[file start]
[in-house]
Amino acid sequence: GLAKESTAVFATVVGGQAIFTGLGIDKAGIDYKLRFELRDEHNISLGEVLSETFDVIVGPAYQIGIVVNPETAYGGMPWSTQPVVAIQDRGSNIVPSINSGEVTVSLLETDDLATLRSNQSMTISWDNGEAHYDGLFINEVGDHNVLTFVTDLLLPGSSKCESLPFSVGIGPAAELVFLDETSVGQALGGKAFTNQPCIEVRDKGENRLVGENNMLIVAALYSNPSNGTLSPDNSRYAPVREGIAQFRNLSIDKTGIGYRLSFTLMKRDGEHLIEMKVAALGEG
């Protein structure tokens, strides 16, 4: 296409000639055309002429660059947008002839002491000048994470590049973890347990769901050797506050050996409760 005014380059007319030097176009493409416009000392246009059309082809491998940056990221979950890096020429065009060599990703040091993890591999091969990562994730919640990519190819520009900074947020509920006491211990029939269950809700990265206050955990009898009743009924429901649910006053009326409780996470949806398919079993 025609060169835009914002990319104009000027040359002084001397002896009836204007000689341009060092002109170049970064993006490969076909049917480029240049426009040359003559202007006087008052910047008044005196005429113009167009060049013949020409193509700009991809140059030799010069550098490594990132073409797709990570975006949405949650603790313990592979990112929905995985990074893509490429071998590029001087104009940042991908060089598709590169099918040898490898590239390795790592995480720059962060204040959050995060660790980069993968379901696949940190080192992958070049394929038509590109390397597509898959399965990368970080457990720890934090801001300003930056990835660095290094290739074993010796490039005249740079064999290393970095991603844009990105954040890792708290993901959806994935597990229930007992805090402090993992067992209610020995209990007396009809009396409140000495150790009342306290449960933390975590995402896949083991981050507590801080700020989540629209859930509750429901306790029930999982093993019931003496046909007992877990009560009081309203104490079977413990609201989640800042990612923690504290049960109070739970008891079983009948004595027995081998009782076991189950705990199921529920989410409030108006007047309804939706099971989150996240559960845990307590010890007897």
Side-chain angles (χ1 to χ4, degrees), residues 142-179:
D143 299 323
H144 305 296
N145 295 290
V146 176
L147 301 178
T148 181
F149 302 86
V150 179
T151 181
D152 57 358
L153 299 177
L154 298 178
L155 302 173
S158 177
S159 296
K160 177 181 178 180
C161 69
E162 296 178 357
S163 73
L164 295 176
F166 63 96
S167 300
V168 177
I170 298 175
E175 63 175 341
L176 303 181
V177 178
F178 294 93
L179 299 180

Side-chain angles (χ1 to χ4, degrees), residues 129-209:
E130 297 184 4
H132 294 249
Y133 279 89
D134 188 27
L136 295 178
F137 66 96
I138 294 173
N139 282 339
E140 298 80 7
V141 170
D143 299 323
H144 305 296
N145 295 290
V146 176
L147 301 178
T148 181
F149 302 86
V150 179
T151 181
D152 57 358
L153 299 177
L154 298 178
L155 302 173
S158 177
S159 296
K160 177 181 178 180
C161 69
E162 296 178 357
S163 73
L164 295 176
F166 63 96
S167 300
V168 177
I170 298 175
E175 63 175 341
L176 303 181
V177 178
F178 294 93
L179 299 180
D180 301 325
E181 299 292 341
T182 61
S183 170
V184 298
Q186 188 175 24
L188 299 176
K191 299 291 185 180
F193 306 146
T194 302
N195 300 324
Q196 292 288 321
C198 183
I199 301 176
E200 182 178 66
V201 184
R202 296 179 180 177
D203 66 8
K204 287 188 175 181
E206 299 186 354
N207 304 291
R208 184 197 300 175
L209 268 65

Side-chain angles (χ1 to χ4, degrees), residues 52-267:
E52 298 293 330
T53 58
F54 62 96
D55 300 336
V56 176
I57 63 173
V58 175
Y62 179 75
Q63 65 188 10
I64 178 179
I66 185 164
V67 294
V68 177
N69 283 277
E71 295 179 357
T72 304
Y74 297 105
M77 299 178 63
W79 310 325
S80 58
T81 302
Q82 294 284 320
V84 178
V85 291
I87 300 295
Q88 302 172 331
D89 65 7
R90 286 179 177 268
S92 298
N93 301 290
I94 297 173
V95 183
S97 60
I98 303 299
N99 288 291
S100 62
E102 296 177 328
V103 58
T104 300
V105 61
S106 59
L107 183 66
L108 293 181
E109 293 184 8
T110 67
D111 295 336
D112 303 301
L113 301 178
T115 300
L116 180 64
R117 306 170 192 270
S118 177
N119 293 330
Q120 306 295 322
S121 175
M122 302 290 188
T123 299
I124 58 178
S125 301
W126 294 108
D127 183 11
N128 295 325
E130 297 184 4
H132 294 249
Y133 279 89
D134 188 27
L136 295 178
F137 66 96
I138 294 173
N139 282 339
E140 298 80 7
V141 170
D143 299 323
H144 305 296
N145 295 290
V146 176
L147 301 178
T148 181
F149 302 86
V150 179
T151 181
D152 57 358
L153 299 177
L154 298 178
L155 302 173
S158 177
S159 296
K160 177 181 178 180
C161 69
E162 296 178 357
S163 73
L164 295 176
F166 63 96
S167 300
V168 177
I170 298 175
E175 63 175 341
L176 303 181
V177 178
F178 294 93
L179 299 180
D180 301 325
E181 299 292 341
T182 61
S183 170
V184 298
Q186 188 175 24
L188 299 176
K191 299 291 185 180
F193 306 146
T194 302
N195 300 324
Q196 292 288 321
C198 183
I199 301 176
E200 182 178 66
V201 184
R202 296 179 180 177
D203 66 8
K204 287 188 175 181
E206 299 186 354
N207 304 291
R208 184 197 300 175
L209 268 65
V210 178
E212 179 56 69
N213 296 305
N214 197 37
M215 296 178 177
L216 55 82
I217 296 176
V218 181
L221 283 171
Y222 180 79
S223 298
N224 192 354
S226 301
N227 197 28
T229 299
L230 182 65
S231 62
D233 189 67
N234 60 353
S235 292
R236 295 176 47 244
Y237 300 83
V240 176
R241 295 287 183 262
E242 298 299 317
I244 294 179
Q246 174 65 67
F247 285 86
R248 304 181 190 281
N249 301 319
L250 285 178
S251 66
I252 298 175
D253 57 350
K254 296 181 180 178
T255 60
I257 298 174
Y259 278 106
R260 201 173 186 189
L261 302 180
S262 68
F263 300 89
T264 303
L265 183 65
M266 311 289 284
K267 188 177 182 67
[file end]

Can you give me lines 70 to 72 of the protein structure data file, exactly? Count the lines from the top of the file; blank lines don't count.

L176 303 181
V177 178
F178 294 93